criminals, may observe with increasing curiosity and puzzlement the constant coming and going of technicians unlikely to be locals.
If the effort to build a bomb was successful, the finished product, weighing a ton or more, would
then have to be transported to and smuggled into the relevant target country where it would have to be
received by collaborators who are at once totally dedicated and technically proficient at handling,
maintaining, detonating, and perhaps assembling the weapon after it arrives.
The financial costs of this extensive and extended operation could easily become monumental. There
would be expensive equipment to buy, smuggle, and set up and people to pay or pay off. Some operatives might work for free out of
utter dedication to the cause, but the vast conspiracy also requires the subversion of a considerable array of criminals and
opportunists, each of whom has every incentive to push the price for cooperation as high as possible.
Any criminals competent and capable enough to be effective allies are also likely to be both smart enough to see
boundless opportunities for extortion and psychologically equipped by their profession to be willing to exploit
them.
Those who warn about the likelihood of a terrorist bomb contend that a terrorist group could, if with great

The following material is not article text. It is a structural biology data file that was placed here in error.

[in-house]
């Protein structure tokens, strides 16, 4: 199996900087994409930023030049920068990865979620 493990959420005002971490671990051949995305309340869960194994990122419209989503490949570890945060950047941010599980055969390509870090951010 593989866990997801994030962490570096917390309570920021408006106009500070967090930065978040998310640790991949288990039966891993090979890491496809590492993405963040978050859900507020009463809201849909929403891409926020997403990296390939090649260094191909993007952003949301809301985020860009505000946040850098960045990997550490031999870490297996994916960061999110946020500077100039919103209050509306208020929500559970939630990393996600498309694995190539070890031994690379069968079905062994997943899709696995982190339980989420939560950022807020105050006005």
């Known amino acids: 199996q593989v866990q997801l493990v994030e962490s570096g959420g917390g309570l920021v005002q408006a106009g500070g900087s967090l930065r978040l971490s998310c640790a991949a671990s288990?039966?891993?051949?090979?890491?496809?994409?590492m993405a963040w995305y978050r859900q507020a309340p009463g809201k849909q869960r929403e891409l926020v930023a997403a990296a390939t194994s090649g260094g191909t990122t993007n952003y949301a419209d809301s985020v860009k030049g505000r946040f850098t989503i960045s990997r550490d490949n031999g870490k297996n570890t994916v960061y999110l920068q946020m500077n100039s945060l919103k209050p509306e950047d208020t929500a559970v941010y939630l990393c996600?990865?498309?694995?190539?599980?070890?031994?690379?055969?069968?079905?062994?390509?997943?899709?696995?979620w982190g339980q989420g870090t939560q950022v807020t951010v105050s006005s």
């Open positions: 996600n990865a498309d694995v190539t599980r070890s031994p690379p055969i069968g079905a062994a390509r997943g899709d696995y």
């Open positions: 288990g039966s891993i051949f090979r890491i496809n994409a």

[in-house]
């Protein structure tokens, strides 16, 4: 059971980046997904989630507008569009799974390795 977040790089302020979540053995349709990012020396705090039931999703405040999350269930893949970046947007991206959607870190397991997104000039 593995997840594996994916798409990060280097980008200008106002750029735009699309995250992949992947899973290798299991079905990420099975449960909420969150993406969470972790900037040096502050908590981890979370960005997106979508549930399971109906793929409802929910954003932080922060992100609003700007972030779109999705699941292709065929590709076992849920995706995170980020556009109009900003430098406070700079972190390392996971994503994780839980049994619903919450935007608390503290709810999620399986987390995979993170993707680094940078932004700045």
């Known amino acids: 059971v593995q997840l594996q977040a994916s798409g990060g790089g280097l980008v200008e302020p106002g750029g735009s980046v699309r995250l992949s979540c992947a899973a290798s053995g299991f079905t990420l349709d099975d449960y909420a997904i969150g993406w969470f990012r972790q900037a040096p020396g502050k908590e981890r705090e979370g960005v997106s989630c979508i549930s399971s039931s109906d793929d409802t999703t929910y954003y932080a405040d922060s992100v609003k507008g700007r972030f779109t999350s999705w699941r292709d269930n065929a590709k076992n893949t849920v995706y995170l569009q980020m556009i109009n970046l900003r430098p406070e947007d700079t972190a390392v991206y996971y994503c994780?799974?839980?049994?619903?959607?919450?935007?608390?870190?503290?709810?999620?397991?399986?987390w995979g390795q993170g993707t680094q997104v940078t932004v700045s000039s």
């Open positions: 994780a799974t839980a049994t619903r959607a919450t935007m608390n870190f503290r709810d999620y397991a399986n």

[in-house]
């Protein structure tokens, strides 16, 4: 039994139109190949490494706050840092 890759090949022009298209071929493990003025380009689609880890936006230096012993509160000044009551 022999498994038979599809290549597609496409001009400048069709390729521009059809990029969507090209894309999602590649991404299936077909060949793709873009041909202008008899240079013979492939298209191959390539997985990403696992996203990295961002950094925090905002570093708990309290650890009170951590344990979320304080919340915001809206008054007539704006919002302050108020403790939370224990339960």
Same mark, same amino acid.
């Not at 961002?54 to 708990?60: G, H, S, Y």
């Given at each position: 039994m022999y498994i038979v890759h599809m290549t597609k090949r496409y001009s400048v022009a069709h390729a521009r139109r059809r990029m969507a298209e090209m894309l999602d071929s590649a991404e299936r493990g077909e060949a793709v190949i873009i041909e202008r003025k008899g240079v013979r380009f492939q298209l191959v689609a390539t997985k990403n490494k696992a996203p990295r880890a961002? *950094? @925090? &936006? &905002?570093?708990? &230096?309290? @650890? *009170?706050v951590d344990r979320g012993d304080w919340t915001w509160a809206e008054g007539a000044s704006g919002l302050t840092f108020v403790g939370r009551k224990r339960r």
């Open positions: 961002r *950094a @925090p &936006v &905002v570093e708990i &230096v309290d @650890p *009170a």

difficulty, overcome each obstacle and that doing so in each case is not impossible. But although it may not
be impossible to surmount each individual step, the likelihood that a group could
surmount a series of them quickly becomes vanishingly small. Table 1 attempts to catalogue the
barriers that must be overcome under the scenario considered most likely to be successful. In contemplating the task before them,
would-be atomic terrorists would effectively be required to go though an exercise that looks much like this. If and when
they do, they will undoubtedly conclude that their prospects are daunting and accordingly uninspiring or
even terminally dispiriting.
It is possible to calculate the chances for success. Adopting probability estimates that purposely and heavily bias
the case in the terrorists favorfor example, assuming the terrorists have a 50% chance of overcoming each of the 20
obstaclesthe chances that a concerted effort would be successful comes out to be less than one in a
million. If one assumes, somewhat more realistically, that their chances at each barrier are one in three, the cumulative odds that
they will be able to pull off the deed drop to one in well over three billion.
Other routes would-be terrorists might take to acquire a bomb are even more problematic. They are
unlikely to be given or sold a bomb by a generous like-minded nuclear state for delivery abroad because the
risk would be high, even for a country led by extremists, that the bomb (and its source) would be discovered even
before delivery or that it would be exploded in a manner and on a target the donor would not approve,
including on the donor itself. Another concern would be that the terrorist group might be infiltrated by foreign intelligence.
The terrorist group might also seek to steal or illicitly purchase a loose nuke somewhere. However, it seems
probable that none exist. All governments have an intense interest in controlling any weapons on